The chicken-like feet had thick nails, used to cling to slippery, waver-battered rocks.

The beautiful orange bill was abraded from prying snails and limpets out of their nooks and crannies. I could have stayed and admired the oystercatcher for much longer, but we had to move on.

After the survey, we drove to the Nestucca River National Wildlife Refuge. The refuge has been around for a few year, but a portion was opened to the public last week.

The refuge was established to provide winter habitat for rare subspecies of Canada and cackling geese, but they had not arrived yet, so we enjoyed the views from the top of the hill.

Friday, October 17, 2008


Now that Jack Frost has arrived in Hillsboro, we've been picking all our peppers in the garden and we received a huge bundle of them from our CSA. Let this be a warning to anyone eating my cooking: expect some heat.

We have also had an influx of geese in our sky.

They often fly in the traditional V pattern

But they soon start to fall out of formation.

The flocks often end up bow-shaped.

Or resemble a wavy line.

Thursday, October 16, 2008

Cool Paper of the Week

What do sea otters have to do with ptarmigan survival? Ask the eagles.

(Newport Aquarium)

For several decades, researchers in the Aleutian Islands have been documenting the major role sea otters play in structuring marine environments. They have found the sea otters eat a lot of sea urchins, which eat a lot of kelp. Where sea otters are present, underwater kelp forests thrive and create habitat for a variety of fish and invertebrates. When sea otters were extirpated during the previous century, the kelp forests and animals that depended on them disappeared. When sea otters returned, so did the kelp forests.

In their recently published paper in Ecology, Robert G. Anthony and others studied populations of bald eagles before and after a sea otter decline. They expected that the breeding population of eagles would decline as well because much of their nestlings’ diet is sea otters and other animals found in kelp forests.

Instead, they found that the breeding population remained stable and nest success did not decrease. Instead of declining, the eagles changed their diets. They responded to loss of kelp forests by hunting non-kelp fish and increasing the number of birds fed to their nestlings.


The two species of birds that saw the greatest increase in eagle predation were glaucous-winged gulls and rock ptarmigan. A great example of how changes to the population of one species can cascade up and down to other trophic levels and indirectly affect other species.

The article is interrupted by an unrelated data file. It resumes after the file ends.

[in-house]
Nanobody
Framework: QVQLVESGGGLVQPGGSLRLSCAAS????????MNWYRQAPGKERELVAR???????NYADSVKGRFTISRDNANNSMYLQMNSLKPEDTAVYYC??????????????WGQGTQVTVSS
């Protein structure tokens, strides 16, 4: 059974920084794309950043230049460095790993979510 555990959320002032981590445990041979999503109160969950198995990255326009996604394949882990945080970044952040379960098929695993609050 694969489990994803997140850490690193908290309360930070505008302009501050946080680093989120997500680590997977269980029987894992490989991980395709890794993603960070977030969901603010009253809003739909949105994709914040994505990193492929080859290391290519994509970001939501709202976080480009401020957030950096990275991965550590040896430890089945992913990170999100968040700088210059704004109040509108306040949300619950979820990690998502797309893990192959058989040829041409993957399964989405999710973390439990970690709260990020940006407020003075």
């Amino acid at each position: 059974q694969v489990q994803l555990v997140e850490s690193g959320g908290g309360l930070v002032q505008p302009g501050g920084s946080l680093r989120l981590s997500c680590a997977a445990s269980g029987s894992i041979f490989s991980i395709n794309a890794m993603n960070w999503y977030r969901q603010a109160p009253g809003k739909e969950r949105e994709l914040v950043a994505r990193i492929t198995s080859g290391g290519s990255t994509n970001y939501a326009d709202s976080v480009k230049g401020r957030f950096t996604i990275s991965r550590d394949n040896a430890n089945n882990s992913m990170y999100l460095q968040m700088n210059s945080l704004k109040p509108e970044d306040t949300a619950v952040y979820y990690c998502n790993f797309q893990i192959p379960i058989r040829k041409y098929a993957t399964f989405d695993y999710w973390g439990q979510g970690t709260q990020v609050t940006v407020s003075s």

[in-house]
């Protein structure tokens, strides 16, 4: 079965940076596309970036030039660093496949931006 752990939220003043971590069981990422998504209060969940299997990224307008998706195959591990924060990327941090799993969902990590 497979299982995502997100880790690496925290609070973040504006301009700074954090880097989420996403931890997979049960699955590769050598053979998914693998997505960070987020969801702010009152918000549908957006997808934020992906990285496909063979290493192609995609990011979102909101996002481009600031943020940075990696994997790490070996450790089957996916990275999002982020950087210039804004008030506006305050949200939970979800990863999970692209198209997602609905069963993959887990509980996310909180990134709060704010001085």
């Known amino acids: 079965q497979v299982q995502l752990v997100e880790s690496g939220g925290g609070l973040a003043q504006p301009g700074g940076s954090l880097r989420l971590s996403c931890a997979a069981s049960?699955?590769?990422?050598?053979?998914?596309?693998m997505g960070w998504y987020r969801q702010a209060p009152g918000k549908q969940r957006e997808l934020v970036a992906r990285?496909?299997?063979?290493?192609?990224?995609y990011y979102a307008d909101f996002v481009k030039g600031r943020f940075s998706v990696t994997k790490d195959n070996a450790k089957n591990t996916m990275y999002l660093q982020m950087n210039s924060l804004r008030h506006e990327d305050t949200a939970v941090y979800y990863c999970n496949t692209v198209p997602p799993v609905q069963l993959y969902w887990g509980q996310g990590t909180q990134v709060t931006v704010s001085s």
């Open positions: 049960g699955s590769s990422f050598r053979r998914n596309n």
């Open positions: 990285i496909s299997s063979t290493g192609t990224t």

So save an otter, save a ptarmigan!

Work cited: Anthony, R. G., J. A. Estes, M. A. Ricca, A. K Miles, and E. D. Foresman. 2008. Bald eagles and sea otters in the Aleutian Archipelago: indirect effects of trophic cascades. Ecology 89(10): 2725-2735.

Saturday, October 11, 2008

Welcome Back Cacklers

On Friday afternoon, Sarah, Andie, and I took a walk around Dawson Creek Park to enjoy the crisp fall weather.

We discovered 30 cackling geese, recent arrivals from the arctic, floating in a pond by the library.

Note their stubby little bills and necks.

For a nice comparison, we spotted Canada geese loafing in the next pond over.

Their bills and necks were clearly longer than those of their cackling cousins. Unlike cackling geese, Canadas can be seen year 'round at the park. The two species were split a few years ago and can usually be distinguished by size, though some subspecies can overlap and cause headaches.

We had a great view of a dark red-tailed hawk...

and we watched a merlin chew on a large insect high in a snag (you'll have to take my word for it).

College Football Update:

Congratulations to the Texas Longhorns for surviving an ugly game to beat my Sooners 45-35. Better luck next year OU!

Friday, October 10, 2008

Friday Happenings

During the last few days the temperatures in western Oregon have dropped and we are flirting with frost each morning. The sun now rises from the southeast, lighting up the view from my window.

This time of year, the light and shadows on the building remind me of an Edward Hopper painting.

With one day to go until the big Oklahoma-Texas football game, I wear my OU visor in unity with my fellow Sooners. Though I moved from Oklahoma three years ago, I still officially work for the University (long story) and my Sooner Pride has not faded.

To get my mind off of the game, I took Andie for a walk through the cloverfield south of the apartment.

The usual winter inhabitants have returned to the field to resume their typical behaviors.

American wigeons were whistling in the pond.

And a heron was stalking rodents in the stubble. Last year I watched one gulp down a wriggling gray-tailed vole just a few feet away from me.

Last year, a red-tailed hawk and an American kestrel continuously battled for Clover Field hunting rights. The kestrel was usually the aggressor and it appears to be at it again.

The female kestrel chased the red-tail until it perched on the corner of this elementary school.

A few minutes later, I heard the kestrel calling loudly as she passed overhead. I looked up and saw two tiny feet dangling from her belly, it appeared she was carrying a rodent and warning everyone to stay away.

She perched on this street light and began to pick apart the rodent. I did not want to get too close and scare her off, since no one likes to be interrupted during lunch.